HONG KONG (AFP) – Hong Kong stocks ended 2014 on a high by adding 0.44 per cent Wednesday, helping the Hang Seng Index to eke out a small gain for the year.
The benchmark index ended up 103.94 points at 23,605.04 on turnover of HK$43.94 billion (US$5.67 billion). It was 1.28 per cent higher over the past 12 months.
The market endured a turbulent year, going from a nine per cent year-to date loss in March before swinging to a nine per cent gain for the year by September.
The gains were massively overshadowed by Shanghai, which surged almost 53 per cent over the year, as a series of weak economic data boosted hopes of monetary easing measures by the government.
The rally took off in November, when the People’s Bank of China unveiled a surprise interest rate cut.
A much-hyped link-up between the Hong Kong and Shanghai exchanges – which has the potential for almost $4 billion in cross-border trades – failed to garner the support that had been hoped for from either side.
There was also an initial tumble in response to Hong Kong’s pro-democracy demonstrations that jammed some of the city’s streets for several weeks from late September. But investors soon brushed those off.
Wednesday’s gains followed a 1.1 per cent fall Tuesday, as well as losses on Wall Street and in Europe on fears that Greece’s political crisis could reverberate across the eurozone.
On Wall Street Tuesday the Dow lost 0.31 per cent, the S&P 500 dropped 0.49 per cent and the Nasdaq slipped 0.61 per cent. London’s FTSE 100 sank 1.36 per cent, Frankfurt’s DAX 30 shed 1.22 per cent and the CAC 40 in Paris dropped 1.68 per cent.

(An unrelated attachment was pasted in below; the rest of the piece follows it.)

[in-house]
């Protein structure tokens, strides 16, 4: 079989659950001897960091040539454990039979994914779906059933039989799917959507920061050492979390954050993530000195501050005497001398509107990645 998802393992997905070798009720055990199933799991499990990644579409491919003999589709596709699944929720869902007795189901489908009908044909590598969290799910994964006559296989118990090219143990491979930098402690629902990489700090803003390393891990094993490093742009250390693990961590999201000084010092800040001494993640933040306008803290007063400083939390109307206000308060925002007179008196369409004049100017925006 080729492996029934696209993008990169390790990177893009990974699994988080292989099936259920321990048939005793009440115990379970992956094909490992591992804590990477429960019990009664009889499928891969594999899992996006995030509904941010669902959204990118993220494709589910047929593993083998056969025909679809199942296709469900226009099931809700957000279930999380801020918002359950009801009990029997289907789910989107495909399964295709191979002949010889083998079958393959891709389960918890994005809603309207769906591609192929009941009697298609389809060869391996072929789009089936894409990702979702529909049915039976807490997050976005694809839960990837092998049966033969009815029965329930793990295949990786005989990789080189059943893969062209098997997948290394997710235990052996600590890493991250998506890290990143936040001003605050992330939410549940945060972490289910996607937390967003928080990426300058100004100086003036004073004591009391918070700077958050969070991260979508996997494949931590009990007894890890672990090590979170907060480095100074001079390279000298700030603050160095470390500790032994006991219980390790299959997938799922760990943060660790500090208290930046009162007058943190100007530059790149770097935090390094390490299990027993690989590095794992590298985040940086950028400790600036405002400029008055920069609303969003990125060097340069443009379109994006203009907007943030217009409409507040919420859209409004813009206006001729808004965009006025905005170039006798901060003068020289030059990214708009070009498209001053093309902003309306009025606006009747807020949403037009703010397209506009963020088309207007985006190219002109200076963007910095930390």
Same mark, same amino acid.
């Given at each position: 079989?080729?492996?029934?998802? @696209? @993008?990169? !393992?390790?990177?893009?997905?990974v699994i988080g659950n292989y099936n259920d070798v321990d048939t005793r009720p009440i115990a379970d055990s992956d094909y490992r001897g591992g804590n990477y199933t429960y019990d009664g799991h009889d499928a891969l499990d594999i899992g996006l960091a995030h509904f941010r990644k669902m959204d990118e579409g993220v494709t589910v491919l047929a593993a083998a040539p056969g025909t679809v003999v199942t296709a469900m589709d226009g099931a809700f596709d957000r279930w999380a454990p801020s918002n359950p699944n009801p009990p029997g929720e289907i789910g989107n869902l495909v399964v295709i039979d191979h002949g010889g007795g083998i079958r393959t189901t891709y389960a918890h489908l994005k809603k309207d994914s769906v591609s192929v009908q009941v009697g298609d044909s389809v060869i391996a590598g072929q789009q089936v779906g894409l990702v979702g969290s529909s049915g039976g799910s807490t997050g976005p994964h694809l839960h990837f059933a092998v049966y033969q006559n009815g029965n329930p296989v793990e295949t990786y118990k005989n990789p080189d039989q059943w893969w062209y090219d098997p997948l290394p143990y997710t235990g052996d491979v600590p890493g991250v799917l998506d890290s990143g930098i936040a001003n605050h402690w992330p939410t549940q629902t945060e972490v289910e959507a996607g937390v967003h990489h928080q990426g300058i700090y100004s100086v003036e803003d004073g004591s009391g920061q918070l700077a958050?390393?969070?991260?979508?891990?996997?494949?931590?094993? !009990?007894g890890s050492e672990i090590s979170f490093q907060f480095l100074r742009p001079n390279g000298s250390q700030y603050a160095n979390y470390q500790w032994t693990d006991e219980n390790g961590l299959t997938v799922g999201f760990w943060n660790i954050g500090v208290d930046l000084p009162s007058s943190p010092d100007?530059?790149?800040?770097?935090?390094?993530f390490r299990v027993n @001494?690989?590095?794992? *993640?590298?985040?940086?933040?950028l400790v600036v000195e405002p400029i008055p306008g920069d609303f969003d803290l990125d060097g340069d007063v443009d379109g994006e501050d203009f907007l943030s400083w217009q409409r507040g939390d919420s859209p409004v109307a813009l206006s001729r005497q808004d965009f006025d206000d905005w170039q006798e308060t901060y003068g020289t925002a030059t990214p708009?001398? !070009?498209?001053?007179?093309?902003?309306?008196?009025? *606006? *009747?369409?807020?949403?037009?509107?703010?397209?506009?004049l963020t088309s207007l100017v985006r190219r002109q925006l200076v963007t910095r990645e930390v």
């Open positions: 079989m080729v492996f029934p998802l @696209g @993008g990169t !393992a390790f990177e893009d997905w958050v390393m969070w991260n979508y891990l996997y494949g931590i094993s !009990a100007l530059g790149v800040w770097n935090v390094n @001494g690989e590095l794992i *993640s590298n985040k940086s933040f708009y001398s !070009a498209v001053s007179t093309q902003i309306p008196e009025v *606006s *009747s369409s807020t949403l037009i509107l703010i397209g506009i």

Dealers in Hong Kong seemed unfazed by confirmation from HSBC that its index of China’s manufacturing activity had contracted in December.
The British banking giant’s final purchasing managers’ index for the month came in at 49.6, slightly up from a preliminary reading of 49.5 but still the lowest in seven months.
It also marked the first contraction since May’s 49.4. Readings above 50 indicate growth, while anything below points to shrinkage.
“Today’s data confirmed the further slowdown in the manufacturing sector towards year-end,” said Qu Hongbin, HSBC’s economist in Hong Kong.
Chinese state-owned firms China CNR Corp and CSR Corp surged on news they will unite into a single huge conglomerate to vie for rail contracts overseas.
CNR soared 45.17 per cent to HK$11.12 while CSR jumped 32.32 per cent to HK$10.44.
HSBC fell 0.13 per cent to HK$74.00, Ping An Insurance added 0.25 per cent to HK$79.10 and Sino Land gained 0.64 per cent to HK$12.52.
China Mobile was off 0.11 per cent at HK$90.50 and PetroChina increased 0.82 per cent to HK$8.60.